Most households have at least one monthly debt payment. It can be a mortgage, car loan, student loans, consumer debt, or a combination of several.
Having a mountain of debt can easily lead to excessive financial stress as you struggle to pay the monthly bills and save for future expenses.
Paying off debt fast can be an effective way to improve your finances, but there are debt payoff mistakes to avoid along the way. Paying off debt fast is good, but you don’t want to make these 9 mistakes while doing so.
9 Mistakes to Avoid When Paying Off Debt Fast
1. Not Following a Debt Payoff Plan
Making a plan to get out of debt can focus your efforts, so each extra payment makes maximum progress.
For example, you might make small extra payments for each debt instead of applying the full additional payment to one account until you pay it off.
You can pursue several strategies, and the best one depends on your personal situation and personality.
Two of the most popular debt payoff plans are:
- Debt snowball: Make extra payments for the smallest debt balance first
- Debt avalanche: Pay off the highest interest rate first, regardless of the balance amount
You make the minimum monthly payment with either plan and apply the extra payment to one loan or credit card. You can likely become debt-free sooner with the avalanche method, as paying off the highest interest rate can produce the most interest savings.
You might also personalize your plan to pay off high debt priorities first. For example, you might focus on a car loan that has a history of missed payments. Keeping the account current can prevent repossession.
2. Paying Off Low-Interest Debt First
Making extra payments on low-interest debt inches you closer to the ultimate goal of debt freedom. But, making extra payments on accounts with a higher interest rate first can reduce your total interest charges.
As a result of emphasizing high-interest debt, you have more money in your pocket once you pay off the balance.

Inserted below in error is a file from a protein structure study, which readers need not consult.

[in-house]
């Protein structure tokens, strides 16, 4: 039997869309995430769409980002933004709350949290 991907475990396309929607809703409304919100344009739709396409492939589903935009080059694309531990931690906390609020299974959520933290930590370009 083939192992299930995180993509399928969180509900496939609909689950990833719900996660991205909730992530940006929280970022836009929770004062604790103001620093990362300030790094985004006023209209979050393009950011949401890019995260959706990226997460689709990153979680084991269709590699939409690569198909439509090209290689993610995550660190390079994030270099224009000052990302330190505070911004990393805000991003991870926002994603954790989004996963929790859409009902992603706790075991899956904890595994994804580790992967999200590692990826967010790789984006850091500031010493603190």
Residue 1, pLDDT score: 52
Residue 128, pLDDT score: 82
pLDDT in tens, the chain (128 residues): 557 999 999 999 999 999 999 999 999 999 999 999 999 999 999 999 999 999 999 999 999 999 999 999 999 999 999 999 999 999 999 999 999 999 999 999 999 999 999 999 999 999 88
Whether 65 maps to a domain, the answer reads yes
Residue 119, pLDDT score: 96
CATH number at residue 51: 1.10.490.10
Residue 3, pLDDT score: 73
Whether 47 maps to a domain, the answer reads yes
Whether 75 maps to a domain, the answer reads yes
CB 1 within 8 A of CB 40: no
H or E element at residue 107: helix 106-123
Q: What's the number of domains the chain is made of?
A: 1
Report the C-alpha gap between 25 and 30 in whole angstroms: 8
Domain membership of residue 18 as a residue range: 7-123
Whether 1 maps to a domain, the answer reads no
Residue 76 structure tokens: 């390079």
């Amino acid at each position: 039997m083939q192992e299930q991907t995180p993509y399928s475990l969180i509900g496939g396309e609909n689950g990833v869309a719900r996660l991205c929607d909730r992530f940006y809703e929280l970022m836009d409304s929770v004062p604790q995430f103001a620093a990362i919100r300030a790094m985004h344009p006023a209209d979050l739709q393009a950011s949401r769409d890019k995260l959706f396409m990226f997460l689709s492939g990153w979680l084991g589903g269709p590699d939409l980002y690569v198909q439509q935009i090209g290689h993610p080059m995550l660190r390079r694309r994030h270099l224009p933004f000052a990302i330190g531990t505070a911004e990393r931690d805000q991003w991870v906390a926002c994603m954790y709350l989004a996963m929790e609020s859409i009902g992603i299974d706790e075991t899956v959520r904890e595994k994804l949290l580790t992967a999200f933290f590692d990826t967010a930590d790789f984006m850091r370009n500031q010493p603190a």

If you have a combination of debt with interest rates above 10% and below, consider paying off the higher rates before a 0% payment plan, for instance.
In addition to the current interest rate and the remaining loan balance, consider any potential loan forgiveness benefits.
Depending on your employment, you might also continue making the minimum monthly payments on federal student loans that can qualify for the Public Service Loan Forgiveness program after 120 qualifying monthly payments to forgive the remaining balance.
3. Not Building an Emergency Fund
Studies continuously show that too many households would struggle to afford a $500 surprise bill. Paying off your debts and getting rid of monthly payments reduces your monthly expenses.
If a financial emergency happens after reducing your monthly expenses, you can be more likely to afford it.
However, nobody knows when one of these events might happen:
- Take an unplanned trip to the hospital
- Repair a broken HVAC system
- Take the daily commuter vehicle to the repair shop
- Lose your job or have a reduced work schedule
Consider stashing away between 3-6 months of living expenses before getting more serious about paying off your debts.
While staying in debt longer and having to continue paying interest isn’t fun, you already have a standard debt payment plan that will get you out of debt as long as you make the minimum monthly payment.
After you have a well-stocked emergency fund, you can dedicate your savings to paying off debt. Then, if a surprise bill occurs, you can skip the extra payments until you replenish your emergency fund.
4. Not Reducing Lifestyle Expenses
Setting the world record for paying off your debt in the shortest time doesn’t require most people to live like a cash-strapped college student.
But you should look for places to reduce your daily expenses to find more cash for extra payments and save for other expenses.
Some of these cuts can be temporary. For example, you might go down to one streaming service instead of having three.